A bill designed to give the mortgage industry more defined security on TRID implementation is stuck in limbo after a series of attempts to get it passed.

The Homebuyers Assistance Act, H.R. 3192, which was sponsored by Rep. French Hill, R-Ark., provides a four-month grace period for businesses that are working in good faith to comply with the TILA-RESPA Integrated Disclosure rule from the Consumer Financial Protection Bureau, which went into effect Oct. 3.

The bill was welcomed by the industry after the new disclosure rule went to effect because of a lack of clarity regarding how it was going to be enforced.

However, the bill was put on the back burner after it failed to make it into the year-end spending legislation, leaving Hill's office to look for a plan B to move it along.

Hill's office wanted to add the bill to any year-end spending legislation in order to give it a greater chance of passing, since the White House already said that it would veto the Homebuyers Assistance Act.

"The CFPB has already clearly stated that initial examinations will evaluate good faith efforts by lenders. The Administration strongly opposes [the bill], as it would unnecessarily delay implementation of important consumer protections designed to eradicate opaque lending practices that contribute to risky mortgages, hurt homeowners by removing the private right of action for violations, and undercut the nation's financial stability," the White House said in a previous release.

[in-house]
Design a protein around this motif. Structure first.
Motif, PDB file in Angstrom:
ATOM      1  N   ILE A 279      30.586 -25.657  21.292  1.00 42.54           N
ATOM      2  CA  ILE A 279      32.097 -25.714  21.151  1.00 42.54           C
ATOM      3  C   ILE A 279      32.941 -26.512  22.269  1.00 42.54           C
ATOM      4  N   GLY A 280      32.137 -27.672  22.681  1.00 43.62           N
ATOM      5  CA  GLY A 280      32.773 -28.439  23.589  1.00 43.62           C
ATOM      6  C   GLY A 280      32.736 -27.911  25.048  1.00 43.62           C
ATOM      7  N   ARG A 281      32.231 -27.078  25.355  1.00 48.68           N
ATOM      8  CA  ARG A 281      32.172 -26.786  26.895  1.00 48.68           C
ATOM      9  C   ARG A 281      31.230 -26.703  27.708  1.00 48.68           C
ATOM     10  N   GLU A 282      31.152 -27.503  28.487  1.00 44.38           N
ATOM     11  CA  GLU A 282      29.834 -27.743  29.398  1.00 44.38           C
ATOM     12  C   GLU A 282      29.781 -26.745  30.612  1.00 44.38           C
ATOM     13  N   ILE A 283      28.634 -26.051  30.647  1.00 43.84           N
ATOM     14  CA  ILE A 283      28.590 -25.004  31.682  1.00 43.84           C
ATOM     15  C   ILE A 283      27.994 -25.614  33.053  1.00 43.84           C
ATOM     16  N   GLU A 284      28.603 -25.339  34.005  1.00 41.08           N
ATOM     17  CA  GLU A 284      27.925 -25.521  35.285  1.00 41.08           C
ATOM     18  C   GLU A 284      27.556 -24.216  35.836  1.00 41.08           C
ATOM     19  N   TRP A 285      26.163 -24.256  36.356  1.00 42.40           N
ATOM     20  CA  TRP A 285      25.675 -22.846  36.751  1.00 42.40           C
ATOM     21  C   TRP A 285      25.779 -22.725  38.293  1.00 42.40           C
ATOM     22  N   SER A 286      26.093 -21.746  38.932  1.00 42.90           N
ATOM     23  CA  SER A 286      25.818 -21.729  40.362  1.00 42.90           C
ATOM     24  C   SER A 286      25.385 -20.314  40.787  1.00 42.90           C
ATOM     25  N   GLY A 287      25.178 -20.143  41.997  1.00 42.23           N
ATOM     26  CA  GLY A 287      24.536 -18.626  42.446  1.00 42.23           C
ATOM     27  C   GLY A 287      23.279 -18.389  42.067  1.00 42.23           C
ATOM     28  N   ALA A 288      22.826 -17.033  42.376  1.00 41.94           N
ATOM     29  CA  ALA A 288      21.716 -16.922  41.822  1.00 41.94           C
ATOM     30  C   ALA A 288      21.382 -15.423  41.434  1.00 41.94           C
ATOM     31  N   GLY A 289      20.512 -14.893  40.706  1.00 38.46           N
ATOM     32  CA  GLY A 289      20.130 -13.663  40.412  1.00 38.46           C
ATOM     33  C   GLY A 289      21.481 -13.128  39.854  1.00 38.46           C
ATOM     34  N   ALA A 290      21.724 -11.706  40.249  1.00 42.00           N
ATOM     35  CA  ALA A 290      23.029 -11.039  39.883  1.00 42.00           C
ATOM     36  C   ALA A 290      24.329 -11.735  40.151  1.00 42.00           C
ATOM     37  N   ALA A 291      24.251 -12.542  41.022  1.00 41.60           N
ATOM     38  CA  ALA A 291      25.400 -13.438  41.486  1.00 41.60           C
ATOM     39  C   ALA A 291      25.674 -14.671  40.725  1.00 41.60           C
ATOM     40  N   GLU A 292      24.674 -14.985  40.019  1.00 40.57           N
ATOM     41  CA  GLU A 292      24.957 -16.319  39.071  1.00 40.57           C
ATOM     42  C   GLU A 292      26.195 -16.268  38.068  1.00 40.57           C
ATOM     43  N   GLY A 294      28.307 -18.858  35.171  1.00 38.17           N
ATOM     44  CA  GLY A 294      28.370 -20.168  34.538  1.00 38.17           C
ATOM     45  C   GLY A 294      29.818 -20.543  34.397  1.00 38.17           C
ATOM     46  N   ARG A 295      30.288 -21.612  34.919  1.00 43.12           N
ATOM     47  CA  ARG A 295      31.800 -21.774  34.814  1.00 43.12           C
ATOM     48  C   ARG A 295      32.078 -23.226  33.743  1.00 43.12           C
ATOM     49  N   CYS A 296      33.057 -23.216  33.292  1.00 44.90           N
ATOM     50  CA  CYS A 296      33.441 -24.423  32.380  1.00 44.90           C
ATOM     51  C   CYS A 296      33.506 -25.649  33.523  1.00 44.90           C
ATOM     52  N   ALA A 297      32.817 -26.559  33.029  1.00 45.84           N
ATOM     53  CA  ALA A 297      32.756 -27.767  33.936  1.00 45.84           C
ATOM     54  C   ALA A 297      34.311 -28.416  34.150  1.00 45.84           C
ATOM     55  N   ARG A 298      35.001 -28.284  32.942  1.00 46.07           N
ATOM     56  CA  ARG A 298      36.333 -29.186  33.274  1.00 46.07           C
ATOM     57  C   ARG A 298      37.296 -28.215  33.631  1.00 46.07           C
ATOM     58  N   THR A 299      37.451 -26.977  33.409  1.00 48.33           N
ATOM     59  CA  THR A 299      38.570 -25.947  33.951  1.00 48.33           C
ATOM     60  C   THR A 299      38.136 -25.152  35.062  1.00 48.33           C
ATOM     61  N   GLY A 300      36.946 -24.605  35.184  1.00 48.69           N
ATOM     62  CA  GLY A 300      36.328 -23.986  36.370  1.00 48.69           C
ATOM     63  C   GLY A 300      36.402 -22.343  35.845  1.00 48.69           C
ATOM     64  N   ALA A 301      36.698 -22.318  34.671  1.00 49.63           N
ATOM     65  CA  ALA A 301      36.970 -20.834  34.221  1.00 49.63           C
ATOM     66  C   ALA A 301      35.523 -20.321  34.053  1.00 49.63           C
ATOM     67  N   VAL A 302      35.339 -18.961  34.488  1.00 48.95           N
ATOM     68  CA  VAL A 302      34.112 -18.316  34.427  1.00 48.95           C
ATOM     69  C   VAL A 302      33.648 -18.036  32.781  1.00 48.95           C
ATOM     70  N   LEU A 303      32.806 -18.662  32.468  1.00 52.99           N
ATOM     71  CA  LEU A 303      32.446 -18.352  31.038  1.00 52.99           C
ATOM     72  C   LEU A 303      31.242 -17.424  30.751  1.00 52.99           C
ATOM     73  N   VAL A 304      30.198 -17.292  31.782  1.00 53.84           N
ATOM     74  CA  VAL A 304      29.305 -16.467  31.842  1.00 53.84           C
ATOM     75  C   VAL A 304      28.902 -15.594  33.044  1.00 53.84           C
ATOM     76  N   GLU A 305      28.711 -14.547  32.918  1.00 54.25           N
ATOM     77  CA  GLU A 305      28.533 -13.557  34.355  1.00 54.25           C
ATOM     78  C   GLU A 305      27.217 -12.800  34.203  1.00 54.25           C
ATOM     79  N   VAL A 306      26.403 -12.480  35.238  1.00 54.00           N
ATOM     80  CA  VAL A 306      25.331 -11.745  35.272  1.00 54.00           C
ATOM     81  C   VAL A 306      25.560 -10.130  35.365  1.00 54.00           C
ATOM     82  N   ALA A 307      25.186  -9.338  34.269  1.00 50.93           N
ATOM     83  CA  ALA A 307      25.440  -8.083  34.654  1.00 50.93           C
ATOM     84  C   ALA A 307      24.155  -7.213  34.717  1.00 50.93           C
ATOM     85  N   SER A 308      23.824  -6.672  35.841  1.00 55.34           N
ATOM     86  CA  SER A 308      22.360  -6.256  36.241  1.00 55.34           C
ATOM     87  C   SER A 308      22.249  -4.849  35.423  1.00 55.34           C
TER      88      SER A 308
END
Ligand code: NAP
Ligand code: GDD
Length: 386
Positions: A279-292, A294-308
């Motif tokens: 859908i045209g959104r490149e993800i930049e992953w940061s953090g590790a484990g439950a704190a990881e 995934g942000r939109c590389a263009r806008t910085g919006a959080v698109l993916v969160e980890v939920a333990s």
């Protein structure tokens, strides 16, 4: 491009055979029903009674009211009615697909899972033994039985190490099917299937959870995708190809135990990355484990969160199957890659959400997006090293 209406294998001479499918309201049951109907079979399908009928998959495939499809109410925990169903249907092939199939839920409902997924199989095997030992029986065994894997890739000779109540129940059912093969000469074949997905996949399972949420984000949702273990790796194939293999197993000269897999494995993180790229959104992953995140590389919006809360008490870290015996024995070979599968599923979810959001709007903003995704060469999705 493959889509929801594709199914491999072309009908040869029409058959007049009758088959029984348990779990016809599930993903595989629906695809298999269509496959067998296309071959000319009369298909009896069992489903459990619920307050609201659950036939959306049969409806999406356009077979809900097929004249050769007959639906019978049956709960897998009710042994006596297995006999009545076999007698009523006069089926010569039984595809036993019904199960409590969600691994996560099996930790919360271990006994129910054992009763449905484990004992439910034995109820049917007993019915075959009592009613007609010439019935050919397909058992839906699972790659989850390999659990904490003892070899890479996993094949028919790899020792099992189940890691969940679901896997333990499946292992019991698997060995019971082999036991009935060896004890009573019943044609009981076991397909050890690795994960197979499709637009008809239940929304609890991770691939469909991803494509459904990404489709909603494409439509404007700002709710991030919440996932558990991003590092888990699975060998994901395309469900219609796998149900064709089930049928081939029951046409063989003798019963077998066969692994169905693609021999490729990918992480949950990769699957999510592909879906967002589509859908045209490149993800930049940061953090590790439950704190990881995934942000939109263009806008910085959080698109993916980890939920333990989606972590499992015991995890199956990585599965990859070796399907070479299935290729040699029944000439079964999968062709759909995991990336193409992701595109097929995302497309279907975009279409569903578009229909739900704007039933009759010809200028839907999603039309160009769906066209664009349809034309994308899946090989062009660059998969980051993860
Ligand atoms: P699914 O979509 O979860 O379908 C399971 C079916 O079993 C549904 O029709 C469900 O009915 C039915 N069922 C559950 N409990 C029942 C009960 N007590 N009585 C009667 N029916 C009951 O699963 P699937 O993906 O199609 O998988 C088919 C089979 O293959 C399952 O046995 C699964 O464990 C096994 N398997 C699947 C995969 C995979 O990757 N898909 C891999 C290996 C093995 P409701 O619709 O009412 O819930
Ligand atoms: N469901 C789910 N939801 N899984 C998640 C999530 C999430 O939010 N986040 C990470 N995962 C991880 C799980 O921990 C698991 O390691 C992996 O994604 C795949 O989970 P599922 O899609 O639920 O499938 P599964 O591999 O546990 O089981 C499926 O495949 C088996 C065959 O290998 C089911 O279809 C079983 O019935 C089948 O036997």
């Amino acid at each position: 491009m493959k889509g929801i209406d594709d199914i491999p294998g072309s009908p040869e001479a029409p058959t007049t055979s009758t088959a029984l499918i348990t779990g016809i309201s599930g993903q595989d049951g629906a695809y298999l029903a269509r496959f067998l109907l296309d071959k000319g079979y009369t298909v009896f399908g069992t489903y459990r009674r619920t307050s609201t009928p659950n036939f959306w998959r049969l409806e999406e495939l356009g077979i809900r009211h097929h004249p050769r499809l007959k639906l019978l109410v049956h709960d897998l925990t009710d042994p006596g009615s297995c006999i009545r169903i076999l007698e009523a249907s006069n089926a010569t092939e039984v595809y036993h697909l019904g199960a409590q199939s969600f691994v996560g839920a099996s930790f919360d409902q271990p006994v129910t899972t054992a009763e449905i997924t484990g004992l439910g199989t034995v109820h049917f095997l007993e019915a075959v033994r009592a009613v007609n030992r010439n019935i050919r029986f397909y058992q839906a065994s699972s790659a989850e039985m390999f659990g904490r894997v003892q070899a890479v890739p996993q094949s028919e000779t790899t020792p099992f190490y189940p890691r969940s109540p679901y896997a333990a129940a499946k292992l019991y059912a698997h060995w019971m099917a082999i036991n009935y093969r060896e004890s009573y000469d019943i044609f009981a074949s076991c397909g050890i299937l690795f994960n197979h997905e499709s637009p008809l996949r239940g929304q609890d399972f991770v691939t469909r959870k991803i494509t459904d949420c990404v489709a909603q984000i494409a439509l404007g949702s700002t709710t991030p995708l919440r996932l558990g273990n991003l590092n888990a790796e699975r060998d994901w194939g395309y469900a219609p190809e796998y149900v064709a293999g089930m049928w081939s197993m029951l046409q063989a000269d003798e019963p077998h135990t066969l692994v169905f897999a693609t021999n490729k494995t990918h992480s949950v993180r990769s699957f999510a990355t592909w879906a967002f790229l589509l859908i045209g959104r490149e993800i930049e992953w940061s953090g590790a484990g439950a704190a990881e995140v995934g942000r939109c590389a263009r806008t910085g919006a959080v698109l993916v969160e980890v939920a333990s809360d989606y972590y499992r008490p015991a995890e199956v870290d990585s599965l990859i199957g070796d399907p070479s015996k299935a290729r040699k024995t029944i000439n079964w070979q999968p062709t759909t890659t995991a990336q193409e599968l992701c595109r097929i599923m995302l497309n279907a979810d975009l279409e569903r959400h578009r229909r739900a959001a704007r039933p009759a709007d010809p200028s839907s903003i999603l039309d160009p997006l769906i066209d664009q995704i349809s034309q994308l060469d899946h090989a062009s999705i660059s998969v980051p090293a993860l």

“If the President were presented with H.R. 3192, his senior advisors would recommend that he veto the bill,” the statement said.

Whether or not it changes anything, it’s worth noting that the top White House advisor on housing policy, Michael Stegman, will be leaving his position as of March 25.

While Hill's latest update didn’t announce any progress on the bill, he did reiterate the necessity of the bill.

From Hill’s office:

In February, Rep. Hill stated: CFPB’s lack of interest in rectifying the problem that it caused speaks volumes about its true commitment to helping consumers. Despite numerous reports of the TRID rule delaying the home-buying process for American families, CFPB is sitting on its hands and has done virtually nothing to help consumers, title companies, lenders, and realtors navigate this new closing regime since. Moving forward, CFPB must work with Congress and the real estate industry to provide guidance and eliminate confusion and uncertainty to best serve those hoping to achieve the American dream of home ownership.

Nearly two months later, CFPB still has not corrected the issue and the effects of that are having negative consequences on the hundreds of thousands of Americans each month looking to buy homes.

At the end of December, after a letter to the CFPB, the Mortgage Bankers Association released a response from CFPB Director Richard Cordray that brought some clarity to the industry on TRID implementation, but still wasn’t a finite answer on the specifics of enforcement.